Speed of service has been a pivotal issue at Legal Sea Foods, where over the past six months the Ingenico i7780 pay-at-table handhelds are being tested at three restaurants: the Legal Test Kitchen and Long Wharf locations in Boston, and the Framingham, Mass., restaurant.

"It's a big change for both guests and employees, so we've been going slow in terms of adapting our software and listening to guest feedback, but we've had 95 percent positive acceptance of the wireless payment terminals," says Ken Chaisson, VP of information technology for the 33-unit restaurant chain.

"Many of our restaurants operate on waits of anywhere from 45 minutes to two-and-a-half hours," he continues. "We were really focused on looking for ways to increase our table turns, and this shaves off minutes, which counts significantly."

Legal Sea Foods used Bluetooth wireless technology between May and September 2006, but switched to an 802.11 wireless network after that, which allowed for a wider usage range within the restaurant. In the next year or so, the chain will be adopting a new POS system by SIVA, which wrote the software for the pay-at-table solutions.

Hypercom is another company with a cutting-edge mobile wireless payment terminal. Its version, called the M4100 Blade, weighs 7 ounces, is battery operated and features rubber encasings around the magnetic stripe reader, making it spill and grease resistant. It has an optional clip-on printer, an illuminated, color-coded keypad and uses Wi-Fi or GPRS communications options.

"Both will give you a range of 100 meters to a base station," says Ed Mastrangelo, Hypercom's director of wireless products.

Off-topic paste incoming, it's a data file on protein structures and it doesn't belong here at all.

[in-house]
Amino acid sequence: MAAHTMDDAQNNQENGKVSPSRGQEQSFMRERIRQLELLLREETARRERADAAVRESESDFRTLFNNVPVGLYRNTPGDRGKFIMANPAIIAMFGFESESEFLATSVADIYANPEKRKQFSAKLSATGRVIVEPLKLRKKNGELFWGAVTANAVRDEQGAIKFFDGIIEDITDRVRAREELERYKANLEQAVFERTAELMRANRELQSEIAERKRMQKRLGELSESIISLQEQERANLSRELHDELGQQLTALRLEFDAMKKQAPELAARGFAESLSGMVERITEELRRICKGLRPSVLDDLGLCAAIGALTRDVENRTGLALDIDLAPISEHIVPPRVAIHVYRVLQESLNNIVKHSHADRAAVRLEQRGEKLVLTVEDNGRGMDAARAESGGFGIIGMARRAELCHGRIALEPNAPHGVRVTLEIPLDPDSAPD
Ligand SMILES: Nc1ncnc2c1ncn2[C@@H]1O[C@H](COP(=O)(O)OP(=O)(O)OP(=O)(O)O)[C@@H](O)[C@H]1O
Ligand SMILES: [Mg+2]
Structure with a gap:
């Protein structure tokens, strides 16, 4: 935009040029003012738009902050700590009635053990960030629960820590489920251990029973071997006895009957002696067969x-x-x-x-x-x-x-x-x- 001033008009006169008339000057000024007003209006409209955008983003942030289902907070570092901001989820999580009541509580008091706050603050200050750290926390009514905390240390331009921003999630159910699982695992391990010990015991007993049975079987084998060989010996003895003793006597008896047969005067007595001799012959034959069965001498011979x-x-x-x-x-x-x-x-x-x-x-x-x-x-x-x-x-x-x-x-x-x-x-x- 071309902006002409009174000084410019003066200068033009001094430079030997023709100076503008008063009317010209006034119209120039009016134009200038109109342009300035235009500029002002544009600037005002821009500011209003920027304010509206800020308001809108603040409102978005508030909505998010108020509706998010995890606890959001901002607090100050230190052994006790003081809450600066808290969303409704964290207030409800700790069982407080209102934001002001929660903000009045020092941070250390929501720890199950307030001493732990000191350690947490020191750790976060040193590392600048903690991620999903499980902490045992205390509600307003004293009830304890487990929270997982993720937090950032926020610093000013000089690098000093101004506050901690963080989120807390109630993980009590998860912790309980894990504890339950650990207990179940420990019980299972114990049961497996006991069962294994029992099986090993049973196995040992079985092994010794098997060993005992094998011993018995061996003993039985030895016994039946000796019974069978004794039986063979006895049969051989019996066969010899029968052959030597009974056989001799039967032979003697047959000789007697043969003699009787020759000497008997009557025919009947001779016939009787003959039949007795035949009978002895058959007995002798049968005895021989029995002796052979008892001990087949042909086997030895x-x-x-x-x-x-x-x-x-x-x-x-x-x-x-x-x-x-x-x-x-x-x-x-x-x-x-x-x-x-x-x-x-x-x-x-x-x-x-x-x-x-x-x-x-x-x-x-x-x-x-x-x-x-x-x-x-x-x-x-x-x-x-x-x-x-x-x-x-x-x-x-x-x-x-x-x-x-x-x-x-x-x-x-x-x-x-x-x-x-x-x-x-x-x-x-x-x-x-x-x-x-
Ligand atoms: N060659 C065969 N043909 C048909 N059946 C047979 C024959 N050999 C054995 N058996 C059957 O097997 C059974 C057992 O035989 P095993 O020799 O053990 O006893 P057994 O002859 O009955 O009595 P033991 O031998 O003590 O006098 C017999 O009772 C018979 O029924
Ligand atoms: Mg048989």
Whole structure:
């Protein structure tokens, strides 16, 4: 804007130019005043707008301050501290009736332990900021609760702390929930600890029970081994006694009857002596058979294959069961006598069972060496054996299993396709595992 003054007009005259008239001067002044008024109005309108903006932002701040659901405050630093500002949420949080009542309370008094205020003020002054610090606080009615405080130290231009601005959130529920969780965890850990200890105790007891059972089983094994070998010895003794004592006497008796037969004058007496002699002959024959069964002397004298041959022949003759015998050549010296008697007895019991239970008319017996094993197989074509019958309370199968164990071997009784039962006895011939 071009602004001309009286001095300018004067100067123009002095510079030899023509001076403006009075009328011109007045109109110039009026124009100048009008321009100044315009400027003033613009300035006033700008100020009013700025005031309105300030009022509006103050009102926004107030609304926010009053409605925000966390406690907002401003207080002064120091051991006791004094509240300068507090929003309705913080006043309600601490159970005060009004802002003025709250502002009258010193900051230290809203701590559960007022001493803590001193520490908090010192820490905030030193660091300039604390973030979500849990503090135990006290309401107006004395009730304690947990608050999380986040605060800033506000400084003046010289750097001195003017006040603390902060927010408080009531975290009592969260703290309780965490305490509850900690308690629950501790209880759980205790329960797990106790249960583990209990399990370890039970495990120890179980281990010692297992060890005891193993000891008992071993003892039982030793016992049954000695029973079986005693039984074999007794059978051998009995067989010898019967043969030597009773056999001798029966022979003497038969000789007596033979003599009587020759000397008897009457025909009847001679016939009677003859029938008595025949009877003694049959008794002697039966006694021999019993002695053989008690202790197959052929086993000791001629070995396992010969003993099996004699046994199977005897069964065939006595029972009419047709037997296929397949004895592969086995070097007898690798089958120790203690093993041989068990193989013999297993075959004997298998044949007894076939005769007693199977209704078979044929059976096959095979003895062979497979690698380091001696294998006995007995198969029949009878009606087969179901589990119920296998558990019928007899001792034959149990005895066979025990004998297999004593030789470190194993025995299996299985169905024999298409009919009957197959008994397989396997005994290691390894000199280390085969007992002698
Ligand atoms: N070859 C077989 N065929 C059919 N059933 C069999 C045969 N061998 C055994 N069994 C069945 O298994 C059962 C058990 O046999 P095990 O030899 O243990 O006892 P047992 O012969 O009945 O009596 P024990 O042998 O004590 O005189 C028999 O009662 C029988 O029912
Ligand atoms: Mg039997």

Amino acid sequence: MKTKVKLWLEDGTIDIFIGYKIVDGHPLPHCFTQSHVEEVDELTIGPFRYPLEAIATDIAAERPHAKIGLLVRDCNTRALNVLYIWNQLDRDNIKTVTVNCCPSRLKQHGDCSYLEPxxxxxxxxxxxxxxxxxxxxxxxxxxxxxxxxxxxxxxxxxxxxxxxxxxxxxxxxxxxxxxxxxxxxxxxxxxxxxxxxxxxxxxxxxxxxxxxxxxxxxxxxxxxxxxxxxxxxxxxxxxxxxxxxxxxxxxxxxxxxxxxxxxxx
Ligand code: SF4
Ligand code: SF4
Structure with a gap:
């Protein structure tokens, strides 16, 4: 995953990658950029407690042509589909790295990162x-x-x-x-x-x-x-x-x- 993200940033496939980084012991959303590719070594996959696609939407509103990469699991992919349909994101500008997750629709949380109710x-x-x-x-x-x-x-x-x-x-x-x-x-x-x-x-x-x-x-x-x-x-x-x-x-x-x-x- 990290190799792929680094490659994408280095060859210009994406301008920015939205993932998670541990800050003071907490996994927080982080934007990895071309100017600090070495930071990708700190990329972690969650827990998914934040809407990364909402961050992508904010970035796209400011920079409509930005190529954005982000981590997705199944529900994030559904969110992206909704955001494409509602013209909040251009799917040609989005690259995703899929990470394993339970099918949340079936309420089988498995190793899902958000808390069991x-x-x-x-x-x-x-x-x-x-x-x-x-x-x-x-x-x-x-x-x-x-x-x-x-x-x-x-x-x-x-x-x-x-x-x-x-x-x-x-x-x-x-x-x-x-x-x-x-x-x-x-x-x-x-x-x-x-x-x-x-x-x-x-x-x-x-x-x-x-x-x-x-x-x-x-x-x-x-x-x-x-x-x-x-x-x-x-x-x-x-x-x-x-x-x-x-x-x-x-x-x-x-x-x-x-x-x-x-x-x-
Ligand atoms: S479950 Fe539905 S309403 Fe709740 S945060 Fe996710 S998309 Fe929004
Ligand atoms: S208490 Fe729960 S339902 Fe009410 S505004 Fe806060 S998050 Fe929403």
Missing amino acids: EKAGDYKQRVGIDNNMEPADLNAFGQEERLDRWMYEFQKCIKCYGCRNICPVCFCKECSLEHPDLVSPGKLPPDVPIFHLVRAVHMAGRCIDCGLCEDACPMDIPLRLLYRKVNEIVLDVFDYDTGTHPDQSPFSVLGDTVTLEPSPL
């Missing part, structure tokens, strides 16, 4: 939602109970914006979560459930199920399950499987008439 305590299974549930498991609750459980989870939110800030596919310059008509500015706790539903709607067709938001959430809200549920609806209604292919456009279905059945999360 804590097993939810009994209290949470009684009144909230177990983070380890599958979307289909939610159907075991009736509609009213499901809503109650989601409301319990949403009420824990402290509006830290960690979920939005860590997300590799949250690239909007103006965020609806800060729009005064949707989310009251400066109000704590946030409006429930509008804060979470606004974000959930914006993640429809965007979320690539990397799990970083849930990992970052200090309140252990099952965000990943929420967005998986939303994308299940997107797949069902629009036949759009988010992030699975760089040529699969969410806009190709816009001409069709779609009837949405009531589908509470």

Right now, the Blade is available in limited quantities for beta testing and piloting, with full production scheduled for this month.

"It's competitively priced, that's all we can say," says Mastrangelo. Regan estimated the price for a VeriFone Vx670 would be less than $1,000 per terminal. The number of terminals required by a restaurant would depend on its individual needs, but the CTS Group, which analyzes the software, hardware and communications technology necessary to 
bring pay-at-the-table to restaurants, estimates the average cost will be between $12,000 and $15,000 per location.

Is it worth the capital investment? Definitely, says Friedman of the Mercator Advisory Group.

For one, pay-at-table wireless terminals can save restaurants money through their acceptance of PIN debit usage, which can be less expensive for a restaurant than credit-card payments. "Consumers are demonstrating a measurable preference for PIN debit transactions, driven by their added security and the fact that these transactions are self-serviced," Friedman says, noting that between 1999 and 2005, PIN debit usage increased from 11 to 19 percent.

"This is a very powerful tool for preventing fraud in restaurants, and simultaneously providing a high level of service to your customers," Friedman says. "Also, I think these wireless payment terminals can be a distinguishing feature and image enhancer for a restaurant, translating into a real competitive advantage."

 

Contributing Editor Lauren Kra m er lives in British Columbia